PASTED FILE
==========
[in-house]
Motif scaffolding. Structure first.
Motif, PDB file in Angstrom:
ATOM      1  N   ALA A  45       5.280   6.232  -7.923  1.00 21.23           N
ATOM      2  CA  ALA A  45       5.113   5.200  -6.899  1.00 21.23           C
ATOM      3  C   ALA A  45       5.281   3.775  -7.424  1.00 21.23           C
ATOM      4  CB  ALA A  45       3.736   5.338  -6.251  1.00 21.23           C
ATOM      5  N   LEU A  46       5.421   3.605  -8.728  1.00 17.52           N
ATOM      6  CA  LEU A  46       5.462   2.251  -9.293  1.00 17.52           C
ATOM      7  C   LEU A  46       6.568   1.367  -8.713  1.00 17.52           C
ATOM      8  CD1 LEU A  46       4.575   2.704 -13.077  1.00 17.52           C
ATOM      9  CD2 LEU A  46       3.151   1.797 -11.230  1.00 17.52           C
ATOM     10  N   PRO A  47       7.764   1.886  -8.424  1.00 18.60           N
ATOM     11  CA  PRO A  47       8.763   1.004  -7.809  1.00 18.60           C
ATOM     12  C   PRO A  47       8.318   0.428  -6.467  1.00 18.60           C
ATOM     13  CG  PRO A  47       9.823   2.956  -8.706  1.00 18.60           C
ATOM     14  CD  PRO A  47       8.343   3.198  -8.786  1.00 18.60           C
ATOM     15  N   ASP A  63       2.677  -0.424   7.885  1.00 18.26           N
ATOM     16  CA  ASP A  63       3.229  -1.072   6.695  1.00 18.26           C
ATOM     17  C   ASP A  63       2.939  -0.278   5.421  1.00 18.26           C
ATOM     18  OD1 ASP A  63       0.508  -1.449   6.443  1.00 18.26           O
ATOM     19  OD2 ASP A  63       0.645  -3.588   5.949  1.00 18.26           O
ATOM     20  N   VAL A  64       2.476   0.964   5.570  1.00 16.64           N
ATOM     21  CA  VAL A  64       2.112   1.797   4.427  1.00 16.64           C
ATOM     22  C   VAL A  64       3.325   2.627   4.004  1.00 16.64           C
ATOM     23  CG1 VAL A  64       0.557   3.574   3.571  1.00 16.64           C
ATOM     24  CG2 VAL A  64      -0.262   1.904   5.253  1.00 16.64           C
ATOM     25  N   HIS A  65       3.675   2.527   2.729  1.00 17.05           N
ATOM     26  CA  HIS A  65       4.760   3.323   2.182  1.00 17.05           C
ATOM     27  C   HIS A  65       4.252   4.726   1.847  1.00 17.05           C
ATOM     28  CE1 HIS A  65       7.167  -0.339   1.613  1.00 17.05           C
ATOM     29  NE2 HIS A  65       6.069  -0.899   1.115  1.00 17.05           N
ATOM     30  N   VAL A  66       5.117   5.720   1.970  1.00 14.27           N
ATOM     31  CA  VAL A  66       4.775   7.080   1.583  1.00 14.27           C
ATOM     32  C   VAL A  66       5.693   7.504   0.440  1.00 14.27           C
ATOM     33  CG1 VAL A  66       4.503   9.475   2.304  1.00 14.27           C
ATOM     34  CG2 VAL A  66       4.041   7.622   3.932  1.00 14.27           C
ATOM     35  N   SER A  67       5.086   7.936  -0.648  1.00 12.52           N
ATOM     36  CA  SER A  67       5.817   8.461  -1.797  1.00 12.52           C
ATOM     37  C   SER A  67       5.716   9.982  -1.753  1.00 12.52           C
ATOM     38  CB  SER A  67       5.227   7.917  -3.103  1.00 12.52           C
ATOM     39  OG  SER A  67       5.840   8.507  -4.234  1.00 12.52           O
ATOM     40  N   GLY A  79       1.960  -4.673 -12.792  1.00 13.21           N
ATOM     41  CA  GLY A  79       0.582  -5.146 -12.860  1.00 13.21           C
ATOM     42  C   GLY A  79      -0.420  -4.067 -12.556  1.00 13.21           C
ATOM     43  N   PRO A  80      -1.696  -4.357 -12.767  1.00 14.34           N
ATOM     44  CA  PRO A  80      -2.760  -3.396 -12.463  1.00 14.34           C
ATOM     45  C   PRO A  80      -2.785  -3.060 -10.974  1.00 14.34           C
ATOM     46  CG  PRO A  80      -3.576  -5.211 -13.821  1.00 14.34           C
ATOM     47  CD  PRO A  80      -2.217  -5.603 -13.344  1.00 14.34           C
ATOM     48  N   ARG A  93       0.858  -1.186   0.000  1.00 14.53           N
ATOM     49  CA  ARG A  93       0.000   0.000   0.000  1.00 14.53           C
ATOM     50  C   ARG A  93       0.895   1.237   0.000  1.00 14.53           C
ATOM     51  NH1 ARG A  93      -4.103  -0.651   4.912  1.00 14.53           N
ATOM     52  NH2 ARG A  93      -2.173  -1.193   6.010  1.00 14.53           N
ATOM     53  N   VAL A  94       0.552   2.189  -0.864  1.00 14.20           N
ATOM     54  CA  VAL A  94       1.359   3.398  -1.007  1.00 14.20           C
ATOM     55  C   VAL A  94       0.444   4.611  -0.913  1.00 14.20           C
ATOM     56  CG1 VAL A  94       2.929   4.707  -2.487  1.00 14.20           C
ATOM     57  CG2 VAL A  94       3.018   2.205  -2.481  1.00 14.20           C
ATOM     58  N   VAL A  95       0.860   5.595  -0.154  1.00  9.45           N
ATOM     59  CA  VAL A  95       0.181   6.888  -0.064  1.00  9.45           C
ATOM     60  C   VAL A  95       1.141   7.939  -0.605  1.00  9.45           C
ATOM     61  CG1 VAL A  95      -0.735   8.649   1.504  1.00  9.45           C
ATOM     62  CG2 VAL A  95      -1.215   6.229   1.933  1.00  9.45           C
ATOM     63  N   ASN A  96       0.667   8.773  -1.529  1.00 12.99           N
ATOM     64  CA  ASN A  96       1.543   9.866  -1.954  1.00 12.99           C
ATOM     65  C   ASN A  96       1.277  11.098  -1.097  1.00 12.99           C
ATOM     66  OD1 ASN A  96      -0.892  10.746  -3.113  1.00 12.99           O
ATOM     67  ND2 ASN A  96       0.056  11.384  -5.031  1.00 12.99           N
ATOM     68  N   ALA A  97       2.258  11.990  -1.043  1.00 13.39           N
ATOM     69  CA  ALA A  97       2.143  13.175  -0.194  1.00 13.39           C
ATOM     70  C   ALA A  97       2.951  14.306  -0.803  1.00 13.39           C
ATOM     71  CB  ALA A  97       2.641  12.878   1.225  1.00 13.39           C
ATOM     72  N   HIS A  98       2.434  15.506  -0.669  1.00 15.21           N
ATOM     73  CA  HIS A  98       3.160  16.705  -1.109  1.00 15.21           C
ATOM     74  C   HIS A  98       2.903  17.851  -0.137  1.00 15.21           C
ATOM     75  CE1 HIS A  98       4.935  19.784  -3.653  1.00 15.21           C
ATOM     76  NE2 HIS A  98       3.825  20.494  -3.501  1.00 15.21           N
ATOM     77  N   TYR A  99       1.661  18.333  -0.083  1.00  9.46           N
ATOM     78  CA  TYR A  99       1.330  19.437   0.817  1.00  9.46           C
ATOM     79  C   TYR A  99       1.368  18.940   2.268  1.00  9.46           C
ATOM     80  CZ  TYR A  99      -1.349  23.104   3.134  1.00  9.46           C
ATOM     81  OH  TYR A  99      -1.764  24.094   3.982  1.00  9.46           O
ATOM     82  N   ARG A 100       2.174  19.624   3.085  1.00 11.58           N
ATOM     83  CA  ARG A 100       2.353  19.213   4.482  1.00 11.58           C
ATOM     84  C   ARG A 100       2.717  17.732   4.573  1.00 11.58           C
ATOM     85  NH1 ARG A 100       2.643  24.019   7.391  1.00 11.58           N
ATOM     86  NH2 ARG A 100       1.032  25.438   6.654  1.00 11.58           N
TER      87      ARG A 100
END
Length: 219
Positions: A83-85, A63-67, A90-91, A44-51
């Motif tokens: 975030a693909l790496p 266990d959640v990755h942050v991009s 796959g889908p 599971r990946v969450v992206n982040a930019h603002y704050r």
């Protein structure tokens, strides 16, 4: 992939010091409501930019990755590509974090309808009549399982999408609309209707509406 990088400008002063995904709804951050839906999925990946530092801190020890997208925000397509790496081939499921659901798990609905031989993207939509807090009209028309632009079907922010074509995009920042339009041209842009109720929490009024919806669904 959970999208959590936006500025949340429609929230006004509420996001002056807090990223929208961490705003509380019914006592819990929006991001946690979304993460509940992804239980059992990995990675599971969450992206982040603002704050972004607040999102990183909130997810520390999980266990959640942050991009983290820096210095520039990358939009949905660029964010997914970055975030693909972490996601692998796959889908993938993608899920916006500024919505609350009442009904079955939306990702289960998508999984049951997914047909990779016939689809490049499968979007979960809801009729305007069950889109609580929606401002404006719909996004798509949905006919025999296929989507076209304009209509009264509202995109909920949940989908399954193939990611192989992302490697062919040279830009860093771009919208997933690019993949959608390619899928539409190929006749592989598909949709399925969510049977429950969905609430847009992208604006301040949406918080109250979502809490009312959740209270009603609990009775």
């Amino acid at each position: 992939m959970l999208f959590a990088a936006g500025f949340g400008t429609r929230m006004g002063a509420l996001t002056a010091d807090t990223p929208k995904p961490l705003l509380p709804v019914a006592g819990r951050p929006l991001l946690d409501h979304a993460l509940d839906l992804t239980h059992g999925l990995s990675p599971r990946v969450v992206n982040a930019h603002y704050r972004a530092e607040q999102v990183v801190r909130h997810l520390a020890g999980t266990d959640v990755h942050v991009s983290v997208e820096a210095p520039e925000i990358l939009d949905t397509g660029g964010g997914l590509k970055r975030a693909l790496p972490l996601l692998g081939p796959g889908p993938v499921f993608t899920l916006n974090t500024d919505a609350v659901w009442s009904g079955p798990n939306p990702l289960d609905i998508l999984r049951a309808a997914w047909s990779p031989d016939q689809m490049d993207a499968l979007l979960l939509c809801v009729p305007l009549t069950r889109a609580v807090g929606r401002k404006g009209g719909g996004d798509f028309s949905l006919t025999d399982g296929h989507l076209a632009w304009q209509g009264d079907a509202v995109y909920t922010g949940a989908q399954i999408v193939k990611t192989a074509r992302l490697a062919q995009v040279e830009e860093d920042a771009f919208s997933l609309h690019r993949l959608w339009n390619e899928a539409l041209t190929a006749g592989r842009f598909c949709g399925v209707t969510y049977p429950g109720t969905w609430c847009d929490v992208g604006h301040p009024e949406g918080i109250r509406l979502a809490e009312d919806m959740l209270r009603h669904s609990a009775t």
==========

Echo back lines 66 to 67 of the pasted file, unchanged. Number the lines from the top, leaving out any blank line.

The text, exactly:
ATOM     63  N   ASN A  96       0.667   8.773  -1.529  1.00 12.99           N
ATOM     64  CA  ASN A  96       1.543   9.866  -1.954  1.00 12.99           C